Most pregnant women still waiting for Covid-19 jabs

South Africa does not consider pregnant women a special priority group. As such, and because most fall into the age 18 to 34 category, they’ll only be eligible for vaccination in September.

Most pregnant women in South Africa will have to wait at least another month for a potentially life-saving Covid-19 jab.

That is because in terms of the country’s vaccination rollout protocols and progress, unless a pregnant woman is 35 years and older, and/or helping deliver essential government services, she will only be eligible for vaccination from 1 September when the programme opens up to people aged 18 to 35.

Nicholas Crisp, the national vaccination rollout coordinator and deputy director general of the Department of Health, says adding pregnant women to existing special priority groups will be too complicated – and take three weeks or more.

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“There are no priority groups for any medical conditions and adding pregnant women as a priority group would be too complicated. It’s taken that long to set up each of the public-sector programmes, so it’s basically pointless to add a group that’s difficult to identify,” he says.

Higher mortality risk

Spotlight interviewed three experts in obstetrics and gynaecology. They, plus the South African Society of Obstetricians and Gynaecologists, are calling for all women of reproductive age to be vaccinated as soon as possible and to seek proper monitoring and care in the meantime.

They cite a study of 400 000 pregnant women with SARS-CoV-2 in the United States which showed that this group had a 70% higher risk of death than pregnant women without SARS-CoV-2. Crisp, however, questioned what the risk was for their non-pregnant counterparts when compared with the average 60-year-old or a patient on renal dialysis, for example.

Salome Maswime, an associate professor and head of the global surgery division at the University of Cape Town (UCT), says too many pregnant women are dying from severe Covid-19-related disease or because they couldn’t access care in time or both. “There’s no clear or direct messaging for women in the public domain,” she says.

Call to prioritise pregnant women

Both Maswime and Priya Soma-Pillay, the head of department of obstetrics and gynaecology at the University of Pretoria and Steve Biko Academic Hospital, say Covid-19 is creating a generation of orphans in South Africa. They called for women of reproductive age to be prioritised for Covid-19 vaccination alongside police officers, teachers and healthcare workers. They say that they are seeing more and more pregnant women in their third trimester with Covid-19 being admitted to intensive care units (ICUs), with many dying.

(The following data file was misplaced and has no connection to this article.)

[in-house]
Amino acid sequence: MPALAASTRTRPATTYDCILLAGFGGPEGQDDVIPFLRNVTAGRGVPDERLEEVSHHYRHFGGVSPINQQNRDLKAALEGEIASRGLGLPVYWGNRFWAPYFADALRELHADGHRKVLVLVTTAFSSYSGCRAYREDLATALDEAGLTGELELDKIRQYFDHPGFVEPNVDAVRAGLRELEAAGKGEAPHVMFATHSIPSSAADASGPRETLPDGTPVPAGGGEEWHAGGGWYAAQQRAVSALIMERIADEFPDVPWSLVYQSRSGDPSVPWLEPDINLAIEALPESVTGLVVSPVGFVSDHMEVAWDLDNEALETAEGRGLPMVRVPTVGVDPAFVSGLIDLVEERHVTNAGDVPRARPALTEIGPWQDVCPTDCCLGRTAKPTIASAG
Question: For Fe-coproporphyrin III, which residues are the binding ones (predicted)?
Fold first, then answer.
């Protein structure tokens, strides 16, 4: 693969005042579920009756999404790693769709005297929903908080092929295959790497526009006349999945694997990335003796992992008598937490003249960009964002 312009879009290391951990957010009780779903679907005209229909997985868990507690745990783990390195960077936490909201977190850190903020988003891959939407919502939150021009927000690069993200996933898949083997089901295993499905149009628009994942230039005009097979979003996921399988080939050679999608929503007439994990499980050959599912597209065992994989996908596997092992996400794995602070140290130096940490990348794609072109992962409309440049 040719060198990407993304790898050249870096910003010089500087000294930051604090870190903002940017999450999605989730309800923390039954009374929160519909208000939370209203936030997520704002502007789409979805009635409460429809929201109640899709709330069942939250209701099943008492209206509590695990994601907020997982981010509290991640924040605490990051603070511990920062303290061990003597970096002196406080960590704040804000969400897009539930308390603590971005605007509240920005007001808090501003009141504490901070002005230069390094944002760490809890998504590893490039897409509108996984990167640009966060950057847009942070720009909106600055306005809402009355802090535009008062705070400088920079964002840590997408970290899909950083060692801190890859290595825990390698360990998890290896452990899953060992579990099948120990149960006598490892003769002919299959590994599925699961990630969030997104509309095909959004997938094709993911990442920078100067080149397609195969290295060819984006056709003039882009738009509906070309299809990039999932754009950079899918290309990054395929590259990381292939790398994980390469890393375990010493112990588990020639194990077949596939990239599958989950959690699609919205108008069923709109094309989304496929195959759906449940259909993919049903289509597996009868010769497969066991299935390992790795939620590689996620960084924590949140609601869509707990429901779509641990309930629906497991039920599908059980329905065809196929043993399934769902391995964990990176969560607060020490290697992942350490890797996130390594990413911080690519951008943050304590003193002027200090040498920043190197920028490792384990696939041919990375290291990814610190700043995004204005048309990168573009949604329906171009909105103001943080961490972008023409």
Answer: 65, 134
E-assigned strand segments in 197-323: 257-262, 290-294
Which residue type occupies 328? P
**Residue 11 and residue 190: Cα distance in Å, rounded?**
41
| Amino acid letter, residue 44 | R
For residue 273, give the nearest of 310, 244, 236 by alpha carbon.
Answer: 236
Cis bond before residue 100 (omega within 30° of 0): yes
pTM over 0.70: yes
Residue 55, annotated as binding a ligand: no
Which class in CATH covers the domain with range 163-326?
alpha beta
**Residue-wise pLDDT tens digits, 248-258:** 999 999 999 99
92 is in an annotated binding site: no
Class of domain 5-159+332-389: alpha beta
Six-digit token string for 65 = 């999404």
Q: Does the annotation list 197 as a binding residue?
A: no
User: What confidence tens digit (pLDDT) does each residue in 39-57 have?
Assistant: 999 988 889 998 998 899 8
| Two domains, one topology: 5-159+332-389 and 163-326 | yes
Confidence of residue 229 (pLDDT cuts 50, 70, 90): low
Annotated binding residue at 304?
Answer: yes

“We already have a large orphan base because of Covid, so putting mothers at risk of dying, ie sans vaccination, could lead to a generation of orphans in South Africa,” says Soma-Pillay.

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Crisp is however clear that pregnant women will not be prioritised at this point in the vaccine rollout. “The transplant surgeons, the renal dialysis physicians and the multiple sclerosis society, among others, are also clamouring for early spots,” he says. “Pregnancy is not an illness. There are another 45 lobby groups pushing for us to accelerate things. It’s too complex logistically. It will be far better to open access to a younger age group than to try and select clinical priorities.”

Current advice

An 11 June advisory from the ministerial advisory committee on Covid-19 vaccines says, among other things, that the “Covid-19 vaccination is strongly encouraged for non-pregnant women contemplating pregnancy, Covid-19 vaccines using the Pfizer or the J&J [Johnson & Johnson] vaccine should be offered to all pregnant women, and pregnant women with comorbidities such as obesity, diabetes and hypertension in pregnancy should be prioritised for vaccination should vaccine supplies be limited.”

Additionally, the experts Spotlight spoke to agreed with the following advice for women planning to get pregnant or already pregnant:

  • If a woman is thinking of getting pregnant, she should first get vaccinated because the vaccine also confers protection on the foetus.
  • Any woman of reproductive age should get the jab as soon as possible, provided they are not in their first trimester of pregnancy (ie, the first 14 weeks).
  • If pregnant, and everything else is fine and you have no concerns or symptoms, get vaccinated in the third trimester.